%  ls -l >> sub2
would add the output from the ls -l command to the end of sub2.

You can also redirect standard input from a command to come from a file by using a single left-angle bracket (<).   Using this, you are funneling from a file to the command you are using as input. For instance:

%  oscar < dog.dat
the program oscar would now take its input from dog.dat rather than from the terminal.

Note: Redirecting your input and output with > and < is completely different from piping | (which was discussed earlier). With > and < you are simply redirecting your input from or output to a file whereas with piping you are redirecting your output to another command.    

File Protection

In a multiuser environment, there is a need for protecting personal or confidential files. Security begins with passwords, but while passwords can keep non-users out of the system, they do not provide protection from other users. The second phase of protection is dependent upon the user. Each user must be responsible for restricting access to their individual files.

File access privileges on UNIX are divided into three categories:

  1. User (owner) privileges  
  2. Group privileges  
  3. Other (world) privileges  

Whenever you try to manipulate a file, UNIX looks to see what type of protection the file has:

1. User privileges.
If you are the owner of the file (your user-id matched the user-id of the file), it checks the user rights.

2. Group privileges.
If you are in the owner's group (your group-id matches the group-id of the file), it checks the privileges that the owner has granted to the group.

3. Other privileges.
If neither your user-id nor your group-id matches those of the file, UNIX then checks the world privileges.

You can find out what access privileges your files have by using the ls -l commands as shown earlier. Figure 3.5 shows the output from the ls -l command.


	drwx------  4 username        512 Jul 13 15:06 Mail
	drwx------  2 username        512 Jul 13 15:52 News
	drwx------  2 username        512 Jul 10 11:33 Proj1
	-rw-------  1 username         26 Jul 11 13:16 dog.dat
	-rw-------  1 username          8 Jul 13 13:40 hello.aux
	-rw-------  1 username        232 Jul 13 13:40 hello.dvi
	-rw-------  1 username        949 Jul 13 13:40 hello.log
	-rw-------  1 username         67 Jul 13 13:40 hello.tex
	-rw-r-----  1 username        259 Jul 11 09:11 oscar
	-rw-r-----  1 username         70 Jul 11 13:52 sub2
	-rw-r-----  1 username        451 Jul 19 13:49 verona.txt

	Figure 3.5:  Sample Output from the ls Command
The first item on the line is the file's mode. A "d" in the first column of the mode means that the file is a directory and a "-" means that the file is a normal file.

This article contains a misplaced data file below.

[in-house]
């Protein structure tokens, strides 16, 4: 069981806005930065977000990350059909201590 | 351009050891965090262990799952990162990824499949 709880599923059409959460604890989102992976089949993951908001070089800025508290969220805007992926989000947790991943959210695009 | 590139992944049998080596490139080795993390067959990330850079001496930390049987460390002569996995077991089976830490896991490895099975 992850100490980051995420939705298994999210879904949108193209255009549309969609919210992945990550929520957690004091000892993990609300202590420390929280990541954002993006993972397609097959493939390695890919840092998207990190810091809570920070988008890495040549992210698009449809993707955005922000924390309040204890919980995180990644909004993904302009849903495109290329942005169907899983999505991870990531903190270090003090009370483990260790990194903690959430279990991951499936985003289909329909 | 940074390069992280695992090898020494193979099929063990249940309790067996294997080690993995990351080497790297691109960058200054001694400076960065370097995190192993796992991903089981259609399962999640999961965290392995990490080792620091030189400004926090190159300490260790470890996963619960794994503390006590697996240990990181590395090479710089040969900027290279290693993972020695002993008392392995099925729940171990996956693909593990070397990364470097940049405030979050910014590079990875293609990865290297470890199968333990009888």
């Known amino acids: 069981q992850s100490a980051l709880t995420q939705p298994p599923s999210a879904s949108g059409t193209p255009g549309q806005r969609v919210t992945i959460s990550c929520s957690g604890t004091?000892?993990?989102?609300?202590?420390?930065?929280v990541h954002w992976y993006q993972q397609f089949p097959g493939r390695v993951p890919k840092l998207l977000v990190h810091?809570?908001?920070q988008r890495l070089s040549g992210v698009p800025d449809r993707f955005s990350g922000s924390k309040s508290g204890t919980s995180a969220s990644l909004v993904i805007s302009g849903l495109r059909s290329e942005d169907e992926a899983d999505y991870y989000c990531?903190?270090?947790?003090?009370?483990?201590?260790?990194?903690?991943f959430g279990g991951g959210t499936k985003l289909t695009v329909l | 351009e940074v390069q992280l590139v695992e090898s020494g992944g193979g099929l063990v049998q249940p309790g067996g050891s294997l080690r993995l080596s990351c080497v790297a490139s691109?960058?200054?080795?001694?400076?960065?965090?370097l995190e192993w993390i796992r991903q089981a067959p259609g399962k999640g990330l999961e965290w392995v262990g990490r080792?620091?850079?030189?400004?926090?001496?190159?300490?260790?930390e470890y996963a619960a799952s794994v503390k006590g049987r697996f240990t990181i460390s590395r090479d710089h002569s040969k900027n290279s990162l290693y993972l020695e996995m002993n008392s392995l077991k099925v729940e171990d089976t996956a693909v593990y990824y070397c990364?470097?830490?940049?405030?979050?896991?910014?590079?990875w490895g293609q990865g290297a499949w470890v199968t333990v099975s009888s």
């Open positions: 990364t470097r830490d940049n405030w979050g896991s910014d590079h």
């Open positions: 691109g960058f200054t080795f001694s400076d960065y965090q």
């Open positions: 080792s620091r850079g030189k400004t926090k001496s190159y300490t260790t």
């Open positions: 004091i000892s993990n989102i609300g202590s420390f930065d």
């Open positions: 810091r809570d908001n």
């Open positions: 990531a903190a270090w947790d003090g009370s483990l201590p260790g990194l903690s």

Starting in the second column of the mode, the first three characters represent the user privileges; the next three, the group privileges; and the last three, the world (or public) privileges. Within each group of three, the first position controls read (and therefore copy) privileges to the file, the second controls write and delete privileges, and the third controls whether the file may be executed by the specified users. An r in position one grants read/copy privileges, w in the second position grants write/delete privileges, and an x in the third position allows the file to be executed. A - in any of these positions denies the specified users the corresponding access privilege. For instance, in Figure 3.5 the file oscar is a normal file. It has owner read and write privileges, group read privilege, and no other or world privileges.


Using chmod to Change File Protection

The owner of a file may set and/or change permissions using the chmod command.   There are two methods for using chmod - symbolic and absolute.

Symbolic format

The symbolic format for the chmod command is as follows:

%  chmod [ugo][+=-][rwx]   filename(s)
where u represents the user privileges, g the group privileges, and o the other privileges; +   means add the specified privilege(s), -   means remove the specified privilege(s), and =   means set the specified privileges. You may name as many files as you like and you may also set several privileges at once by separating them with commas. Thus, for example, to change a file named oscar to have group and other privileges of read, write and execute, you would enter: